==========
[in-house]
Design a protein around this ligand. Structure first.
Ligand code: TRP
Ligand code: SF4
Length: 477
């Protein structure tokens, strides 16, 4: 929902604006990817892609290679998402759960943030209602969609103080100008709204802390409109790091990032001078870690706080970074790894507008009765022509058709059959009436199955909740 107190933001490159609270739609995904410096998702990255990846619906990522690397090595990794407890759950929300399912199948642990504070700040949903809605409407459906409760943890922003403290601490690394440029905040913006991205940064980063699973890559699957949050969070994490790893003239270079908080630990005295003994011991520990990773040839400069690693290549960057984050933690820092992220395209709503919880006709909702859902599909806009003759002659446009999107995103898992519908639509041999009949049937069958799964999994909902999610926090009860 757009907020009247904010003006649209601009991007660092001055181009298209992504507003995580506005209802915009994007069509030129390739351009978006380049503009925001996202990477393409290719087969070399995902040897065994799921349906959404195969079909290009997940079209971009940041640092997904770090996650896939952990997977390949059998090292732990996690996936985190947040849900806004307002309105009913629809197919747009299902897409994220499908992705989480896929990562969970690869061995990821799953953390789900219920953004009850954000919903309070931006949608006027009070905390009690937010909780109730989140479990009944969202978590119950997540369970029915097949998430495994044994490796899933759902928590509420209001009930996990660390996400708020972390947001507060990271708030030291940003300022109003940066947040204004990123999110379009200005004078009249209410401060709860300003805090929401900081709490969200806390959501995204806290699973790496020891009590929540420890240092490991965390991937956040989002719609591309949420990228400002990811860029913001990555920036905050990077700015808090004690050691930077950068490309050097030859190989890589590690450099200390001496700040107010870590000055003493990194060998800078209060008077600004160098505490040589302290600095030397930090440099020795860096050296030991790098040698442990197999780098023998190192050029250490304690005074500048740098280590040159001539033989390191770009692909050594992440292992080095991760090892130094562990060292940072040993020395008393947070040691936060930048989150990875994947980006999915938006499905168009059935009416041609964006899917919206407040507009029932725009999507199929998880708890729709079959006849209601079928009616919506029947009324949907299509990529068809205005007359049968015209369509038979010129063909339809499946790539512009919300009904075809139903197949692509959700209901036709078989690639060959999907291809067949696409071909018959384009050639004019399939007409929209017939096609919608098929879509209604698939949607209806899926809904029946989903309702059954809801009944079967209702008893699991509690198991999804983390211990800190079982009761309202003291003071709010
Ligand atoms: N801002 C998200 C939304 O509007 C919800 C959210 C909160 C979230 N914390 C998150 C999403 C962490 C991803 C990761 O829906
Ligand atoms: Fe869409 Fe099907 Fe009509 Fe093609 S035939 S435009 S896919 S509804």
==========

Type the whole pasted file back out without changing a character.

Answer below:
[in-house]
Design a protein around this ligand. Structure first.
Ligand code: TRP
Ligand code: SF4
Length: 477
């Protein structure tokens, strides 16, 4: 929902604006990817892609290679998402759960943030209602969609103080100008709204802390409109790091990032001078870690706080970074790894507008009765022509058709059959009436199955909740 107190933001490159609270739609995904410096998702990255990846619906990522690397090595990794407890759950929300399912199948642990504070700040949903809605409407459906409760943890922003403290601490690394440029905040913006991205940064980063699973890559699957949050969070994490790893003239270079908080630990005295003994011991520990990773040839400069690693290549960057984050933690820092992220395209709503919880006709909702859902599909806009003759002659446009999107995103898992519908639509041999009949049937069958799964999994909902999610926090009860 757009907020009247904010003006649209601009991007660092001055181009298209992504507003995580506005209802915009994007069509030129390739351009978006380049503009925001996202990477393409290719087969070399995902040897065994799921349906959404195969079909290009997940079209971009940041640092997904770090996650896939952990997977390949059998090292732990996690996936985190947040849900806004307002309105009913629809197919747009299902897409994220499908992705989480896929990562969970690869061995990821799953953390789900219920953004009850954000919903309070931006949608006027009070905390009690937010909780109730989140479990009944969202978590119950997540369970029915097949998430495994044994490796899933759902928590509420209001009930996990660390996400708020972390947001507060990271708030030291940003300022109003940066947040204004990123999110379009200005004078009249209410401060709860300003805090929401900081709490969200806390959501995204806290699973790496020891009590929540420890240092490991965390991937956040989002719609591309949420990228400002990811860029913001990555920036905050990077700015808090004690050691930077950068490309050097030859190989890589590690450099200390001496700040107010870590000055003493990194060998800078209060008077600004160098505490040589302290600095030397930090440099020795860096050296030991790098040698442990197999780098023998190192050029250490304690005074500048740098280590040159001539033989390191770009692909050594992440292992080095991760090892130094562990060292940072040993020395008393947070040691936060930048989150990875994947980006999915938006499905168009059935009416041609964006899917919206407040507009029932725009999507199929998880708890729709079959006849209601079928009616919506029947009324949907299509990529068809205005007359049968015209369509038979010129063909339809499946790539512009919300009904075809139903197949692509959700209901036709078989690639060959999907291809067949696409071909018959384009050639004019399939007409929209017939096609919608098929879509209604698939949607209806899926809904029946989903309702059954809801009944079967209702008893699991509690198991999804983390211990800190079982009761309202003291003071709010
Ligand atoms: N801002 C998200 C939304 O509007 C919800 C959210 C909160 C979230 N914390 C998150 C999403 C962490 C991803 C990761 O829906
Ligand atoms: Fe869409 Fe099907 Fe009509 Fe093609 S035939 S435009 S896919 S509804």